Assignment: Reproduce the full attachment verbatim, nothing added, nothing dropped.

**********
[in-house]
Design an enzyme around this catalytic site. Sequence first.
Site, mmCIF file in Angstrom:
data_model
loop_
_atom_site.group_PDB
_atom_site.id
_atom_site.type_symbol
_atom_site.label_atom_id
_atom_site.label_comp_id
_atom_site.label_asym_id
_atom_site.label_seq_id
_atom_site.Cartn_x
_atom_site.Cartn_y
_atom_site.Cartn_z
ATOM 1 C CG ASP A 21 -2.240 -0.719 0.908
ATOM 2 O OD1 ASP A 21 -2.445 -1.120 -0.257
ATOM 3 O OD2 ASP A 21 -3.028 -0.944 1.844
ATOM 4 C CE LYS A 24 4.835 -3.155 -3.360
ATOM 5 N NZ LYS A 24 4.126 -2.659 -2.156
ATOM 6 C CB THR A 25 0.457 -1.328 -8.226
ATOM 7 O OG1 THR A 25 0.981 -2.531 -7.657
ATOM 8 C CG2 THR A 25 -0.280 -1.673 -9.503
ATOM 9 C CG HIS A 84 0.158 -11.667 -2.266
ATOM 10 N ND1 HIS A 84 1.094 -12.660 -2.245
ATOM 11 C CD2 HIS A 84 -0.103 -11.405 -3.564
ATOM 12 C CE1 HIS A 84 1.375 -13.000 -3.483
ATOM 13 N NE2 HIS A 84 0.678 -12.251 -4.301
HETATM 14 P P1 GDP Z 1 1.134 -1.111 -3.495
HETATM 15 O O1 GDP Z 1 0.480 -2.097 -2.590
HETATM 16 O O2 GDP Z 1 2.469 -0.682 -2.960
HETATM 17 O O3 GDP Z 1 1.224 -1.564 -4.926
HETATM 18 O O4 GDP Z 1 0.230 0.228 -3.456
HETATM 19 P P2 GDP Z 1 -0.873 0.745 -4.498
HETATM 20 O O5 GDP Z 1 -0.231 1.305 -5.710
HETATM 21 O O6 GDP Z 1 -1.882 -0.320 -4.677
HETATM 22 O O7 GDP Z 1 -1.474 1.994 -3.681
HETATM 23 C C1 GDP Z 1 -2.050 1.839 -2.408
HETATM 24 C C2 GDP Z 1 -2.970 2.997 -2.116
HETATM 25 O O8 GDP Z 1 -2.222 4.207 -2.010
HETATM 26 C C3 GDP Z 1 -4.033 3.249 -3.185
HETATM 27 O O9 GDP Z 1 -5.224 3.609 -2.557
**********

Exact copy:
[in-house]
Design an enzyme around this catalytic site. Sequence first.
Site, mmCIF file in Angstrom:
data_model
loop_
_atom_site.group_PDB
_atom_site.id
_atom_site.type_symbol
_atom_site.label_atom_id
_atom_site.label_comp_id
_atom_site.label_asym_id
_atom_site.label_seq_id
_atom_site.Cartn_x
_atom_site.Cartn_y
_atom_site.Cartn_z
ATOM 1 C CG ASP A 21 -2.240 -0.719 0.908
ATOM 2 O OD1 ASP A 21 -2.445 -1.120 -0.257
ATOM 3 O OD2 ASP A 21 -3.028 -0.944 1.844
ATOM 4 C CE LYS A 24 4.835 -3.155 -3.360
ATOM 5 N NZ LYS A 24 4.126 -2.659 -2.156
ATOM 6 C CB THR A 25 0.457 -1.328 -8.226
ATOM 7 O OG1 THR A 25 0.981 -2.531 -7.657
ATOM 8 C CG2 THR A 25 -0.280 -1.673 -9.503
ATOM 9 C CG HIS A 84 0.158 -11.667 -2.266
ATOM 10 N ND1 HIS A 84 1.094 -12.660 -2.245
ATOM 11 C CD2 HIS A 84 -0.103 -11.405 -3.564
ATOM 12 C CE1 HIS A 84 1.375 -13.000 -3.483
ATOM 13 N NE2 HIS A 84 0.678 -12.251 -4.301
HETATM 14 P P1 GDP Z 1 1.134 -1.111 -3.495
HETATM 15 O O1 GDP Z 1 0.480 -2.097 -2.590
HETATM 16 O O2 GDP Z 1 2.469 -0.682 -2.960
HETATM 17 O O3 GDP Z 1 1.224 -1.564 -4.926
HETATM 18 O O4 GDP Z 1 0.230 0.228 -3.456
HETATM 19 P P2 GDP Z 1 -0.873 0.745 -4.498
HETATM 20 O O5 GDP Z 1 -0.231 1.305 -5.710
HETATM 21 O O6 GDP Z 1 -1.882 -0.320 -4.677
HETATM 22 O O7 GDP Z 1 -1.474 1.994 -3.681
HETATM 23 C C1 GDP Z 1 -2.050 1.839 -2.408
HETATM 24 C C2 GDP Z 1 -2.970 2.997 -2.116
HETATM 25 O O8 GDP Z 1 -2.222 4.207 -2.010
HETATM 26 C C3 GDP Z 1 -4.033 3.249 -3.185
HETATM 27 O O9 GDP Z 1 -5.224 3.609 -2.557